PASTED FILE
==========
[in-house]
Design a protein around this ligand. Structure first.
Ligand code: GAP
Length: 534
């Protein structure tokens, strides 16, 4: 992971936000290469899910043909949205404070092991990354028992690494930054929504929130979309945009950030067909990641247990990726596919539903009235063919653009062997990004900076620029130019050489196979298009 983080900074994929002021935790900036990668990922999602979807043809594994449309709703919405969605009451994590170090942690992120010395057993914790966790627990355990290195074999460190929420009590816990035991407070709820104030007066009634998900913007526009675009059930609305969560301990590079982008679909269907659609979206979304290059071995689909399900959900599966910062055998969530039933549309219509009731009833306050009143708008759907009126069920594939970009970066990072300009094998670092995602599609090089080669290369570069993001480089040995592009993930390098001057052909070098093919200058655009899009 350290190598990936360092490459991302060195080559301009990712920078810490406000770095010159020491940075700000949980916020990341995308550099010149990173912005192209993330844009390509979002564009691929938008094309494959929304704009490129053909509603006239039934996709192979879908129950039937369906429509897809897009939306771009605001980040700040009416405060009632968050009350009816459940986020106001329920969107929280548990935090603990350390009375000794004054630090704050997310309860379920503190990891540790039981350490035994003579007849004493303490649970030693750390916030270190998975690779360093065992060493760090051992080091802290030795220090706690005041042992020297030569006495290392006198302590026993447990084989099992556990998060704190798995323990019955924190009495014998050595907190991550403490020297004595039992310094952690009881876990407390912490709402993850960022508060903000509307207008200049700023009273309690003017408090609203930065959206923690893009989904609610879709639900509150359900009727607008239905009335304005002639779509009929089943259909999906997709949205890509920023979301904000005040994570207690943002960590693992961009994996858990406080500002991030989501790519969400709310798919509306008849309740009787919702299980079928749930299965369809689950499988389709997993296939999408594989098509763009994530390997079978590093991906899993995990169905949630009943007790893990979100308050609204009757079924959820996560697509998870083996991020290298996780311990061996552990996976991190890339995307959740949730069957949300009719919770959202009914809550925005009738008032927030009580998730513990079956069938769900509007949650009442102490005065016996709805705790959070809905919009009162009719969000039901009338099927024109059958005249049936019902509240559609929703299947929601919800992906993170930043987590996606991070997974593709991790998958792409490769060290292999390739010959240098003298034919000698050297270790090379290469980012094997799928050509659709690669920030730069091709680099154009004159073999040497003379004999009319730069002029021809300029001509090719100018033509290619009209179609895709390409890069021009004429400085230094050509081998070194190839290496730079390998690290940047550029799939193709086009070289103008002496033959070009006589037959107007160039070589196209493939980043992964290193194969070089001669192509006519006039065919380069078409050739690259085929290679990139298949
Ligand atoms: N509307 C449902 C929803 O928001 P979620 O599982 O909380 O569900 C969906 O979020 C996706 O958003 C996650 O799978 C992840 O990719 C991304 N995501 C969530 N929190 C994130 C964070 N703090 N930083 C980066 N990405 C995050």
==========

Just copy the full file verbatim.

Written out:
[in-house]
Design a protein around this ligand. Structure first.
Ligand code: GAP
Length: 534
């Protein structure tokens, strides 16, 4: 992971936000290469899910043909949205404070092991990354028992690494930054929504929130979309945009950030067909990641247990990726596919539903009235063919653009062997990004900076620029130019050489196979298009 983080900074994929002021935790900036990668990922999602979807043809594994449309709703919405969605009451994590170090942690992120010395057993914790966790627990355990290195074999460190929420009590816990035991407070709820104030007066009634998900913007526009675009059930609305969560301990590079982008679909269907659609979206979304290059071995689909399900959900599966910062055998969530039933549309219509009731009833306050009143708008759907009126069920594939970009970066990072300009094998670092995602599609090089080669290369570069993001480089040995592009993930390098001057052909070098093919200058655009899009 350290190598990936360092490459991302060195080559301009990712920078810490406000770095010159020491940075700000949980916020990341995308550099010149990173912005192209993330844009390509979002564009691929938008094309494959929304704009490129053909509603006239039934996709192979879908129950039937369906429509897809897009939306771009605001980040700040009416405060009632968050009350009816459940986020106001329920969107929280548990935090603990350390009375000794004054630090704050997310309860379920503190990891540790039981350490035994003579007849004493303490649970030693750390916030270190998975690779360093065992060493760090051992080091802290030795220090706690005041042992020297030569006495290392006198302590026993447990084989099992556990998060704190798995323990019955924190009495014998050595907190991550403490020297004595039992310094952690009881876990407390912490709402993850960022508060903000509307207008200049700023009273309690003017408090609203930065959206923690893009989904609610879709639900509150359900009727607008239905009335304005002639779509009929089943259909999906997709949205890509920023979301904000005040994570207690943002960590693992961009994996858990406080500002991030989501790519969400709310798919509306008849309740009787919702299980079928749930299965369809689950499988389709997993296939999408594989098509763009994530390997079978590093991906899993995990169905949630009943007790893990979100308050609204009757079924959820996560697509998870083996991020290298996780311990061996552990996976991190890339995307959740949730069957949300009719919770959202009914809550925005009738008032927030009580998730513990079956069938769900509007949650009442102490005065016996709805705790959070809905919009009162009719969000039901009338099927024109059958005249049936019902509240559609929703299947929601919800992906993170930043987590996606991070997974593709991790998958792409490769060290292999390739010959240098003298034919000698050297270790090379290469980012094997799928050509659709690669920030730069091709680099154009004159073999040497003379004999009319730069002029021809300029001509090719100018033509290619009209179609895709390409890069021009004429400085230094050509081998070194190839290496730079390998690290940047550029799939193709086009070289103008002496033959070009006589037959107007160039070589196209493939980043992964290193194969070089001669192509006519006039065919380069078409050739690259085929290679990139298949
Ligand atoms: N509307 C449902 C929803 O928001 P979620 O599982 O909380 O569900 C969906 O979020 C996706 O958003 C996650 O799978 C992840 O990719 C991304 N995501 C969530 N929190 C994130 C964070 N703090 N930083 C980066 N990405 C995050």